Conch shells make a grand sound as a horn, but several species of the the actual animal are endangered, harmed by being harvested for the souvenir industry.
This is my attempt to create a more sustainable version of the instrument.
Step 1: Materials and tools
If you know my work, you know I like simple materials.
This is put together from corrugated card from an old box, duct tape, and a short piece of PVC pipe.
The only tools I used were a craft knife, my trusty Leatherman, and a hacksaw (to cut the pipe to length).
Step 2: The parts
The whole thing is made from the flaps cut from a large cardboard box.
Two flaps duct-taped together made the main coil, and a third flap, cut in half, made the end-pieces.
The flaps were 17cm wide, and when taped together they were just under a metre long. For the sake of aesthetics, I made the end-pieces 17cm square as well.
The pipe, a scrap I found in a corner, was about 2½cm in diameter, and about 10cm long.
Step 3: Curl it up
I needed the strip to spiral with ease.
To that end, I used the two flaps which had the corrugations at right-angles to the long dimension. I dragged the strip hard over the corner of the table to force it into a curl, like quilling, writ large.
Step 4: Fix the curve
Starting in the middle, I arranged the curled strip into a visually-appealing spiral. There may be an optimum shape, but I don't know what it is.
I anchored the spiral in place with small pieces of duct tape. Not pretty, but it worked.
Step 5: The mouthpiece
The mouthpiece was made from a short piece of PVC pipe.
For comfort's sake, I used my knife to chamfer the edges of the pipe.
I cut a suitable hole in the middle of the second end-piece, and then anchored the mouthpiece in place with more duct tape, then fitted it in place and fixed with... duct tape.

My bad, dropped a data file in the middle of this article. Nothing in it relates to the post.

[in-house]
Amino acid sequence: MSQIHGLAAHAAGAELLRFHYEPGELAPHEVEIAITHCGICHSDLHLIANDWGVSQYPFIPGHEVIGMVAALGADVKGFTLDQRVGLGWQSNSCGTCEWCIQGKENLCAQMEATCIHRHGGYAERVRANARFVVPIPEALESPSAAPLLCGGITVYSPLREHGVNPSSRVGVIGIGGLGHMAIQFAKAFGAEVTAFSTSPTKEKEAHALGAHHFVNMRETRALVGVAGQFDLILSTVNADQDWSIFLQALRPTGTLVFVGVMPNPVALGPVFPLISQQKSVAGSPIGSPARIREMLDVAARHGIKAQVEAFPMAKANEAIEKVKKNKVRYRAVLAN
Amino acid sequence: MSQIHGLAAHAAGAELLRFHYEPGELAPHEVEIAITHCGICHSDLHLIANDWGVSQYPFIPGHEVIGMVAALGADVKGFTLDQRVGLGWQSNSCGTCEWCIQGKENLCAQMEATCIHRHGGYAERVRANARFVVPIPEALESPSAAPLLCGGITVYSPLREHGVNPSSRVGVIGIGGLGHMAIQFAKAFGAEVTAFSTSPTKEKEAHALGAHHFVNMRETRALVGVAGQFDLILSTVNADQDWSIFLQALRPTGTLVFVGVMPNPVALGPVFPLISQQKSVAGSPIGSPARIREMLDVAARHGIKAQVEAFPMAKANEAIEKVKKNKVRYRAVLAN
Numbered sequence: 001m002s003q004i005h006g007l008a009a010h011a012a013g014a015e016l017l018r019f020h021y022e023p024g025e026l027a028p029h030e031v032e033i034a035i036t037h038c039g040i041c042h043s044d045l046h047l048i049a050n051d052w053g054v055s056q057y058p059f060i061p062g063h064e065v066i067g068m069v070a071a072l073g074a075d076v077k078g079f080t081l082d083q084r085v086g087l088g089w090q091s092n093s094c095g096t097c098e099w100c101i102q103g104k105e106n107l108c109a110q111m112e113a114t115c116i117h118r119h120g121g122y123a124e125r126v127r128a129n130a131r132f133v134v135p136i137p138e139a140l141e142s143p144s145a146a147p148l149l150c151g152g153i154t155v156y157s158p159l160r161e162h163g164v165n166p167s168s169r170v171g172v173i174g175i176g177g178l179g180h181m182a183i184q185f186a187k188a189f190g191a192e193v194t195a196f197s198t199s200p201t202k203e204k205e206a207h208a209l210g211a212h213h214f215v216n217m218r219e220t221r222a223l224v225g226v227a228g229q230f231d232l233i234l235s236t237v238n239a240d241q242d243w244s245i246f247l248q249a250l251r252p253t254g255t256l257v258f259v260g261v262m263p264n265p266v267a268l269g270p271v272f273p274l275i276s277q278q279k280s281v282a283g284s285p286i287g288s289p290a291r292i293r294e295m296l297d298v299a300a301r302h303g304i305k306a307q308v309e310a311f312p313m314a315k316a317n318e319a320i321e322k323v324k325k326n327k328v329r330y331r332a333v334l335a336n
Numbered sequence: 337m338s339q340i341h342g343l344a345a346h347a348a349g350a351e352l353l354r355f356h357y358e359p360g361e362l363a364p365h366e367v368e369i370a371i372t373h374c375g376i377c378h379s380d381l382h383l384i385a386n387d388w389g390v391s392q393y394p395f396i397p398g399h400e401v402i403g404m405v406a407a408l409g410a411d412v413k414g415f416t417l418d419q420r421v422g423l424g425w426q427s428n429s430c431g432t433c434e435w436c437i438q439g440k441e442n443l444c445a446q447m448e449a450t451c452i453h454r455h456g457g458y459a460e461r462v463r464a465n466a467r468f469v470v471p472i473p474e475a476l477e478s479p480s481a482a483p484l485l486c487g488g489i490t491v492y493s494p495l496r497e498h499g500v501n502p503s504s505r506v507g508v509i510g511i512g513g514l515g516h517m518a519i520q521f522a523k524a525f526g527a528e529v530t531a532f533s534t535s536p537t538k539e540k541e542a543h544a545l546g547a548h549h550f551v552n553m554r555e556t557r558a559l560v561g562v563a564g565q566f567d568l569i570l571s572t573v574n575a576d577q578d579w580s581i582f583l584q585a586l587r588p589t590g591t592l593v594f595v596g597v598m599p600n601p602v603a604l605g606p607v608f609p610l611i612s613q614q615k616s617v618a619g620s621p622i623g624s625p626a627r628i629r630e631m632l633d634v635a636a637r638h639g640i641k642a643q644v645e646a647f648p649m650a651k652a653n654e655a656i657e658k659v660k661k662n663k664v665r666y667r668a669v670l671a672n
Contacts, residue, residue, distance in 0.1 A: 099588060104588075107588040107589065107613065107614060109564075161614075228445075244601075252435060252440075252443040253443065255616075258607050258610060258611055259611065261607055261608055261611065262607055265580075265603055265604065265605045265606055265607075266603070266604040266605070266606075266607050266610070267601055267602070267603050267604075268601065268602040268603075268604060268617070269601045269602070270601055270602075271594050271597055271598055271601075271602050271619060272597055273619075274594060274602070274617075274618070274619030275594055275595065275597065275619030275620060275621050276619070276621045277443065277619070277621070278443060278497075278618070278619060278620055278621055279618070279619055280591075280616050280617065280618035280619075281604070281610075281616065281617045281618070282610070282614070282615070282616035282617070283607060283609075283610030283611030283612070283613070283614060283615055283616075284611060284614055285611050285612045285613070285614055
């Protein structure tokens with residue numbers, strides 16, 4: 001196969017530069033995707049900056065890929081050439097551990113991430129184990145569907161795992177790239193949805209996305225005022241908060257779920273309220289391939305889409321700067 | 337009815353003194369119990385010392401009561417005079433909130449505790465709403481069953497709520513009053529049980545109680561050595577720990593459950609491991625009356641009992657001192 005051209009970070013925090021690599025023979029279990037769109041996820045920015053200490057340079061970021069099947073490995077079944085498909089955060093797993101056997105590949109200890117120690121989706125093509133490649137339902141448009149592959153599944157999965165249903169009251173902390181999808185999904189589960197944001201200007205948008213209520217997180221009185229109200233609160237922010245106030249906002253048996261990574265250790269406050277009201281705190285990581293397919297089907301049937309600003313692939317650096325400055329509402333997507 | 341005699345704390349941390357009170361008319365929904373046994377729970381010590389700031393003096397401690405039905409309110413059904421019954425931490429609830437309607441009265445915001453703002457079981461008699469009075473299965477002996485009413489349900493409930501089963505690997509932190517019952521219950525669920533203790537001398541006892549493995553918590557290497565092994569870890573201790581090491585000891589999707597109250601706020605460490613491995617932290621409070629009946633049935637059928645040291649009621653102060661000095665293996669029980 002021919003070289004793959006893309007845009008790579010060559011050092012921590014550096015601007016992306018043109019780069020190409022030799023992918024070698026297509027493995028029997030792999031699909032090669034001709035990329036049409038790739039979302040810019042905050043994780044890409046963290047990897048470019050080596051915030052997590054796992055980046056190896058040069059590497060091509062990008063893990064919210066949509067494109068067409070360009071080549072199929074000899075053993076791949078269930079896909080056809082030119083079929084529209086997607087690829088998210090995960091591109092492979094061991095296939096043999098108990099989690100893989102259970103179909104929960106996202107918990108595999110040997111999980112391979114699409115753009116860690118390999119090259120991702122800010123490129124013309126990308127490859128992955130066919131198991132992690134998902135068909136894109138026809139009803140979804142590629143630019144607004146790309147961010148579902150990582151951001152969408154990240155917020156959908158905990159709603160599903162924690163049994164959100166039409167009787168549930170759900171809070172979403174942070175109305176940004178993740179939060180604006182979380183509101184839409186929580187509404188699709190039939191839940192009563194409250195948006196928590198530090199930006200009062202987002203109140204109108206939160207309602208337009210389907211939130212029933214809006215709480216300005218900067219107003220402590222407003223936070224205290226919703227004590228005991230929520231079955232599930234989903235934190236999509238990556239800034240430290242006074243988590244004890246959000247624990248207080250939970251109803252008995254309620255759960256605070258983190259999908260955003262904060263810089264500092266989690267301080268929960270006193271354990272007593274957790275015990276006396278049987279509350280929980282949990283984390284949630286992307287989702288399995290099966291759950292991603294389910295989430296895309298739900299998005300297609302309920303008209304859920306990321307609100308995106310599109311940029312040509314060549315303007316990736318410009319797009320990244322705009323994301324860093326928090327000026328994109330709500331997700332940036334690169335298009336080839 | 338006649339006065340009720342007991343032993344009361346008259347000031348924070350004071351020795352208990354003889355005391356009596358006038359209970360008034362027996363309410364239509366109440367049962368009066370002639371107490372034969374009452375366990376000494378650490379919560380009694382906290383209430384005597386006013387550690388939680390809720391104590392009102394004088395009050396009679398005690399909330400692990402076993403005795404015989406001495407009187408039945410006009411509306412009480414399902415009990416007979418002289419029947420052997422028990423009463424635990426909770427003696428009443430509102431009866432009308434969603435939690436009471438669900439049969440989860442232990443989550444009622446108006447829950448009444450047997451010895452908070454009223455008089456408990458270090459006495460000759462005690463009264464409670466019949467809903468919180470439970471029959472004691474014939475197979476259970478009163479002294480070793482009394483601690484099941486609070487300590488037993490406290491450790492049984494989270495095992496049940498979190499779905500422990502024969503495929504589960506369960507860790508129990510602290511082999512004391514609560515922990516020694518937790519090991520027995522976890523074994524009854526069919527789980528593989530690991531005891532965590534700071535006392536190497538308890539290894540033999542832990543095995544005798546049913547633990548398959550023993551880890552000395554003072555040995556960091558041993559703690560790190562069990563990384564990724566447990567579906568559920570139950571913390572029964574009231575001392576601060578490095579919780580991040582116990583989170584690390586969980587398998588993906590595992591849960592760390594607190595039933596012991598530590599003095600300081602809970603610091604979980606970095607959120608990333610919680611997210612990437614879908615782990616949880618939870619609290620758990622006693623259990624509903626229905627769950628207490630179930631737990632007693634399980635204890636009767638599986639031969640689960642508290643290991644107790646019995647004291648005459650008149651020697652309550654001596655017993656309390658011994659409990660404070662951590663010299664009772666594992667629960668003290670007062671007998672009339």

Step 6: Finishing (sort of), and moving on.
I taped around the visible edges of the coil with yet more duct tape, and that, really, was that.
All that remained was to find out if it worked...
That's horrible, right?
Things got better, though. When I showed the horn around the office, one of the suggestions was a proper mouthpiece. So, I took the horn in to a music shop near where I'm staying, and a very nice assistant let me borrow a mouthpiece for a few moments, and hand the horn to Roger-X, who happens to play the trombone.
The result was dramatic - instead of the hideous noise above, it produced a nice clear "F" (apparently - I am tone deaf, but even I heard that it sounded "nicer"). I would have videoed the nice note, but the very nice assistant seemed nervous about his boss finding out that he was loaning out a $110 mouthpiece to a strange foreigner off the street, so I decided not to.
So, secure in the knowledge that the concept works, I now need to move on to a version that won't turn to mush with use...